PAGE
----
Recent reports and surveys have indicated that increasingly, college towns have become retirement destinations for the aging population as those cities and towns tend to offer the types of amenities many older Americans are seeking as they look to age in place.
Those benefits may include lower costs of living and services such as public transportation, hospitals, schools and entertainment, to name a few.
Heading to a college town rather than a more traditional retirement location may be one way that baby boomers redefine what retirement looks like, Budge Huskey, president and CEO of Coldwell Banker Real Estate, told USA Today in a recent article.
“Historically, it was always Florida and Arizona,” Coldwell Banker President Budge Huskey told USA Today. “It seems as though for many people, the attraction to what their passion is now outweighs the typical retirement option. Instead of retiring to Florida and the warm weather, many retire to a college town, or a ski village because they love skiing. The traditional patterns are changing.”
The article profiled a couple that bought a retirement home in Athens, Ga., where the University of Georgia is located. The former New Jerseyans saw their property taxes drop 50% for a home comparable in size to the one from which they had moved. Their homeowners insurance dropped 40%, as did their health insurance (although, notes the article, all the inexperienced drivers around them caused their car insurance to go up).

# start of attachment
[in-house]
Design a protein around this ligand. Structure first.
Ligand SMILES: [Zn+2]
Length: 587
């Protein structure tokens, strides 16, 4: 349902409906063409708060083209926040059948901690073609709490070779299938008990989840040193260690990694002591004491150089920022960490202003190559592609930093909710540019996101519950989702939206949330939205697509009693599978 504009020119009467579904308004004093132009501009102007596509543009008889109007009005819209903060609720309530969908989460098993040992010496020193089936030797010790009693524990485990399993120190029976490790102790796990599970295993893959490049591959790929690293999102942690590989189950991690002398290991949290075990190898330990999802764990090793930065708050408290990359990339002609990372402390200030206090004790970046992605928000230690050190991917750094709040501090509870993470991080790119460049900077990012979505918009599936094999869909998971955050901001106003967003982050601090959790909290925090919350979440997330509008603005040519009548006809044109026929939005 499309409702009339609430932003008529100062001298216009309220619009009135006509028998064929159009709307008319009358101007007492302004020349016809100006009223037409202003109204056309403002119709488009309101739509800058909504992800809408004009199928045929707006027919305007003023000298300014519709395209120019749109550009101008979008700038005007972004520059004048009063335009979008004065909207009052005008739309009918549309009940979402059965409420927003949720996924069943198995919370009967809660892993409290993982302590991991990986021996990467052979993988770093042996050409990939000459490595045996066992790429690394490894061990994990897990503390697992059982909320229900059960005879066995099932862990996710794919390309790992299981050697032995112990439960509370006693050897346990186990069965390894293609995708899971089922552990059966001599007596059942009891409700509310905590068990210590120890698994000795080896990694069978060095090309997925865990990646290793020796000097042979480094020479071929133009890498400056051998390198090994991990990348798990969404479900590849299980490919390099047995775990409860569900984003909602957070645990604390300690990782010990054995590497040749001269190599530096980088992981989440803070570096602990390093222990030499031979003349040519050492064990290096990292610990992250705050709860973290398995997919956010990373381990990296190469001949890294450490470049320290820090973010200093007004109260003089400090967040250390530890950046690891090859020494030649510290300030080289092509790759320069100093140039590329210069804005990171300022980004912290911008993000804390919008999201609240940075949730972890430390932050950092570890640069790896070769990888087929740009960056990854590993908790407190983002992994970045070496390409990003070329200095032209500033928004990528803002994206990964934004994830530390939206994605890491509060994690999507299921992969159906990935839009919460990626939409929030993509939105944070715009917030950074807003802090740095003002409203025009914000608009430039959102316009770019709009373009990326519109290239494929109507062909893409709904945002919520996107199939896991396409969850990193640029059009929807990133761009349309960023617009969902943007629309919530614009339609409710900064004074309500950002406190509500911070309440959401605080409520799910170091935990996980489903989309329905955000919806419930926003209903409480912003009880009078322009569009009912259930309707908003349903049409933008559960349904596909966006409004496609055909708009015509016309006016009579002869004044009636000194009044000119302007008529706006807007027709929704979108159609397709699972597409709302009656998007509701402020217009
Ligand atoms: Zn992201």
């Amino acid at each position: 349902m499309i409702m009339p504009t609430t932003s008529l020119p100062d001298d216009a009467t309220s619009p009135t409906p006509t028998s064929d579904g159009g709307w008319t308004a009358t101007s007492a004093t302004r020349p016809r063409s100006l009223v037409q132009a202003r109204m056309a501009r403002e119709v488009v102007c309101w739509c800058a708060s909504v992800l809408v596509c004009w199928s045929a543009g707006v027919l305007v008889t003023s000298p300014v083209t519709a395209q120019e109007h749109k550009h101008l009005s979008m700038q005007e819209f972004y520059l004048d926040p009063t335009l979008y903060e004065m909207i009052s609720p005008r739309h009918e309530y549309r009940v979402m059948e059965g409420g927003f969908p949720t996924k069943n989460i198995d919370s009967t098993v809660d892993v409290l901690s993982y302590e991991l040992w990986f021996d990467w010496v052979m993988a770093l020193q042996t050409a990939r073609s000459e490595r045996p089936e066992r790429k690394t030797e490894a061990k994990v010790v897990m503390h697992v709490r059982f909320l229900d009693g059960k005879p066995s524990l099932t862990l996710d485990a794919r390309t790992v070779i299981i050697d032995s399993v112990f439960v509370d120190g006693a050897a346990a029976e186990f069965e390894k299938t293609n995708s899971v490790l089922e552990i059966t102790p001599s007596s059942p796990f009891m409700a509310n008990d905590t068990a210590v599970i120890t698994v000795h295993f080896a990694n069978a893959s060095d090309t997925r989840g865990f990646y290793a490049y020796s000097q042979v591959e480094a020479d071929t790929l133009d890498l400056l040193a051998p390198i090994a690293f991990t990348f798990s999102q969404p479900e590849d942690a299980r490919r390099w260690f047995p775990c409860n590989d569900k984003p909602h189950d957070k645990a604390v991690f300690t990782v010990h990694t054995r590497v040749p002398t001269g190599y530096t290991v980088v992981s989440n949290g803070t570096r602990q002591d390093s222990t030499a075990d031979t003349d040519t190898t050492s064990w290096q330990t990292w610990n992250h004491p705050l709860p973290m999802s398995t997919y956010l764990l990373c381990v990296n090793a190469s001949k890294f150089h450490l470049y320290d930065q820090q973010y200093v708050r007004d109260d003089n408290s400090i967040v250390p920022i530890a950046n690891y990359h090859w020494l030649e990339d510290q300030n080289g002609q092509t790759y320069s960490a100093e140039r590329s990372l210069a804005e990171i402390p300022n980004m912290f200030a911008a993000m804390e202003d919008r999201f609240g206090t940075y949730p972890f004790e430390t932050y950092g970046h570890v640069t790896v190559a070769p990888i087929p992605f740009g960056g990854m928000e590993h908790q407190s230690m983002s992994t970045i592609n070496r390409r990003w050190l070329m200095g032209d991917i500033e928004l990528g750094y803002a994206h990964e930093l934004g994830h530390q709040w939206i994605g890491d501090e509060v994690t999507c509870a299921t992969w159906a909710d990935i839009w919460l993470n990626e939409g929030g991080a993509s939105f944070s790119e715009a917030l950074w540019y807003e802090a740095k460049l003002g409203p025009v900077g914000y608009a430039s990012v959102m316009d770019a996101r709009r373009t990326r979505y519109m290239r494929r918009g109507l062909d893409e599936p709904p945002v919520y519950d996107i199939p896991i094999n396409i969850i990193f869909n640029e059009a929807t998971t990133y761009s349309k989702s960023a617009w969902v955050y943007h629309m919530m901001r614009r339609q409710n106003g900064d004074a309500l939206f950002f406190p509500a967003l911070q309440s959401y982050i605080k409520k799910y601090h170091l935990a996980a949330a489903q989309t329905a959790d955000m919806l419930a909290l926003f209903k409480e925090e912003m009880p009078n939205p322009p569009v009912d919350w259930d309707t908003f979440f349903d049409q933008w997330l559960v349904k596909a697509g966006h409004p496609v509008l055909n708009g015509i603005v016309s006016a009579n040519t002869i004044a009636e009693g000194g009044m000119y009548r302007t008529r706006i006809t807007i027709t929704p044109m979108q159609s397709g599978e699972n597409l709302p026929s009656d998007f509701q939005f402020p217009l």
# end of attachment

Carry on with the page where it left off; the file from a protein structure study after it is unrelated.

The ability to audit classes or use university resources is also attractive to those valuing life-long education, while college sports lovers can conveniently attend games.
Affordable college towns include Ann Arbor, Mich., home to the University of Michigan; South Bend, Ind., home to Notre Dame; Gainesville, Fla., home to the University of Florida; and State College, Pa., where Penn State University is located. These locales, says USA Today, “offer exactly what Boomers are looking for these days: cheap homes, a reasonable cost of living, livability and lots of culture and sports.”
While some boomers may simply be moving into a college town, others are choosing retirement communities that are affiliated with a university, notes the article, which in some cases give residents “full access” to the campus’s facilities.
Written by Alyssa Gerace